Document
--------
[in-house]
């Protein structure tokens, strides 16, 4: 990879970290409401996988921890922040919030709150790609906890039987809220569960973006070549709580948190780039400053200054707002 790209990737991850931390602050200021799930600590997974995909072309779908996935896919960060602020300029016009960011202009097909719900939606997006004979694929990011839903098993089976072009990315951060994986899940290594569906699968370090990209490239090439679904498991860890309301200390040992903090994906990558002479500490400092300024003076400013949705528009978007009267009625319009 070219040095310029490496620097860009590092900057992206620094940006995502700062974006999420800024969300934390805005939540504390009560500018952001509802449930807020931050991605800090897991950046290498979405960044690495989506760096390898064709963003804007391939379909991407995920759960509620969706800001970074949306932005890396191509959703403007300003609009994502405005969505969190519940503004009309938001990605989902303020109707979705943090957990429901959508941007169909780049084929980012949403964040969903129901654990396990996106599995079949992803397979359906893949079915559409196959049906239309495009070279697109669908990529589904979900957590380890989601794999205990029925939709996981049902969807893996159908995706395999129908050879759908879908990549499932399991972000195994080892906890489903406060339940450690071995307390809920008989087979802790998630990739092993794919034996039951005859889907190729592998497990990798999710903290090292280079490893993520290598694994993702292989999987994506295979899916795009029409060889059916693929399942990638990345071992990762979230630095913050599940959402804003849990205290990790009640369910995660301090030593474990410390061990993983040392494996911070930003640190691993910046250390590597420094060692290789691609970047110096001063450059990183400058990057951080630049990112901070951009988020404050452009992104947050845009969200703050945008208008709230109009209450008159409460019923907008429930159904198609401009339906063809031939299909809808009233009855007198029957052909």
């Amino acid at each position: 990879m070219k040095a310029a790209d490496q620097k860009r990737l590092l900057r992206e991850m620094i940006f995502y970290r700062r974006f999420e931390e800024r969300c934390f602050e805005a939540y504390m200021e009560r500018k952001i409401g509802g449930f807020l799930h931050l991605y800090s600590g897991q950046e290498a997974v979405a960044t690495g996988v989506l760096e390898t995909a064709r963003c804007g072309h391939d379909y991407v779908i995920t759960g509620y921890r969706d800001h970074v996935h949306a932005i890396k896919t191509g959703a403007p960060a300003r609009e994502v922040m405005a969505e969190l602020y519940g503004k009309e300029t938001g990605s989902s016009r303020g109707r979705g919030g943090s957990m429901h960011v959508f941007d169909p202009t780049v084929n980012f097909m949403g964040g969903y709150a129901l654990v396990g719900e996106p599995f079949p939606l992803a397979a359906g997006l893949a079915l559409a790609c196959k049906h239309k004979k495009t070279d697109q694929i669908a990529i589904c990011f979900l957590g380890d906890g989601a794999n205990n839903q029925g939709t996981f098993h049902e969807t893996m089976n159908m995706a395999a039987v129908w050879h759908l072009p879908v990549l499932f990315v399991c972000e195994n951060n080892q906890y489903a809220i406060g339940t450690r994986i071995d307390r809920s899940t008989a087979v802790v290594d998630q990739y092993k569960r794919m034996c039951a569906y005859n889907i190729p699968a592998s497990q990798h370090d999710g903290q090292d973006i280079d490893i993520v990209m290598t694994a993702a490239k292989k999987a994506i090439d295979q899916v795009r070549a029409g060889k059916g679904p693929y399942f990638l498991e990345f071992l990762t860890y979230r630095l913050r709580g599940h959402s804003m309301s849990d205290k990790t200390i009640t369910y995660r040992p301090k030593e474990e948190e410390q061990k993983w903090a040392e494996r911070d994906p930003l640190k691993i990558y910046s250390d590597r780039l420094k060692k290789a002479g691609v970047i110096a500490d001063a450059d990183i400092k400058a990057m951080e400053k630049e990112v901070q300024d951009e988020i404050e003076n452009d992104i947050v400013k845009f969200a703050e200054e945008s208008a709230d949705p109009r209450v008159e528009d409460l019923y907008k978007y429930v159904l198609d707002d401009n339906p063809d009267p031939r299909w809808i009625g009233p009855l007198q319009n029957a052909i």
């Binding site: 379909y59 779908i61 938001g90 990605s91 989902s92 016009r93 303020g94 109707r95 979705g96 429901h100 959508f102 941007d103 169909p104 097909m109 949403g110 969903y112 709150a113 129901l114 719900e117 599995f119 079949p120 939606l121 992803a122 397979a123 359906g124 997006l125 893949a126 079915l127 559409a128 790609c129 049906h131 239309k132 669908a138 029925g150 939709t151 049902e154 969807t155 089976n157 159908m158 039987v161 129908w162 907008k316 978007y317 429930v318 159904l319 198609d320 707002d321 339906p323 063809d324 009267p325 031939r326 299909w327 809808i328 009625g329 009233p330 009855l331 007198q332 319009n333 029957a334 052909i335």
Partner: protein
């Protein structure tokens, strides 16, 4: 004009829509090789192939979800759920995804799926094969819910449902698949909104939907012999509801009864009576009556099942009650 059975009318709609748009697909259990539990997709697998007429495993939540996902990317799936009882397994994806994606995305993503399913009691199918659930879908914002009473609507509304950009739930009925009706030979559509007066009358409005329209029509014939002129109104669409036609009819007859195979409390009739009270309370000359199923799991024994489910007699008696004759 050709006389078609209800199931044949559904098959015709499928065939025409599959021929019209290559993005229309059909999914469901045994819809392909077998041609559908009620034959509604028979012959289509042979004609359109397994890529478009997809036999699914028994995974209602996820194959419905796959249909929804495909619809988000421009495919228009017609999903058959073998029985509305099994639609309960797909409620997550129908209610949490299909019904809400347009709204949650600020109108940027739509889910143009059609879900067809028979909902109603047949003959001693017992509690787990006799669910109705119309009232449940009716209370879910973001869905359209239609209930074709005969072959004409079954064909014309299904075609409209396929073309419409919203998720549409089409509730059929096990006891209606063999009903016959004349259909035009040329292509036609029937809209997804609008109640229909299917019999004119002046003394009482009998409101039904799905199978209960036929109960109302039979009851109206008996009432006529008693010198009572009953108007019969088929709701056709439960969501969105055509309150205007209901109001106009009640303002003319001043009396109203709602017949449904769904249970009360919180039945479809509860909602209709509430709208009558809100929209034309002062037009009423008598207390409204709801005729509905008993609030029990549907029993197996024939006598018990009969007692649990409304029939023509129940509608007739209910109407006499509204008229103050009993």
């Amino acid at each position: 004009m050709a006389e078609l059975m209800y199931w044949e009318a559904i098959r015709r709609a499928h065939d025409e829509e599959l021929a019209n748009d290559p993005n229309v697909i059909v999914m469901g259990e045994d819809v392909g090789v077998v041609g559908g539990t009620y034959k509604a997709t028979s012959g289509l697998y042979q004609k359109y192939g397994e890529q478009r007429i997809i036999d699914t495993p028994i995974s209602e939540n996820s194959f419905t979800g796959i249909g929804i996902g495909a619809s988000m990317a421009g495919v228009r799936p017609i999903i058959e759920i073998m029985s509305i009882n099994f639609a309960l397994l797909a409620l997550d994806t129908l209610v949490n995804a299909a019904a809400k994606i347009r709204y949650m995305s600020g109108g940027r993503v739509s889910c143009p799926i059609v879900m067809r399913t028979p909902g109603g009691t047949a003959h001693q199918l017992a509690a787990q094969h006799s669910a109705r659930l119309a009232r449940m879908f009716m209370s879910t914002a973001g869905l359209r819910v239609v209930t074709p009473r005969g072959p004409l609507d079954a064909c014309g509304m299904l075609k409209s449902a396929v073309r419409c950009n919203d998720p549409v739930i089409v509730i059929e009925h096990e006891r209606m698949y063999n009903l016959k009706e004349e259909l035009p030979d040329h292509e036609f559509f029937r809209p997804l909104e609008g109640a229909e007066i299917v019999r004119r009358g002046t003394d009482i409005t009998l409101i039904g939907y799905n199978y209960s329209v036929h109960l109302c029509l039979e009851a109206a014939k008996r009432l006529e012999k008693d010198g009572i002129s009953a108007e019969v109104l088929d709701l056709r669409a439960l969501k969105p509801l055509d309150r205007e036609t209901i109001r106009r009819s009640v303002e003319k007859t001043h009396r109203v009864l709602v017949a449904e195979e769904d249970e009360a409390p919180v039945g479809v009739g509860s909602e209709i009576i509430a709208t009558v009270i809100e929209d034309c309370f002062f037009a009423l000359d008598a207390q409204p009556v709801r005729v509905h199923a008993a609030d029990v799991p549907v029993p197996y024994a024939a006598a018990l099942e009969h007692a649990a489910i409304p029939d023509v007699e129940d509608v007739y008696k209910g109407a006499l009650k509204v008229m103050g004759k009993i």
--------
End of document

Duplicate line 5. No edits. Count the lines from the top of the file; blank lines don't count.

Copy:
Partner: protein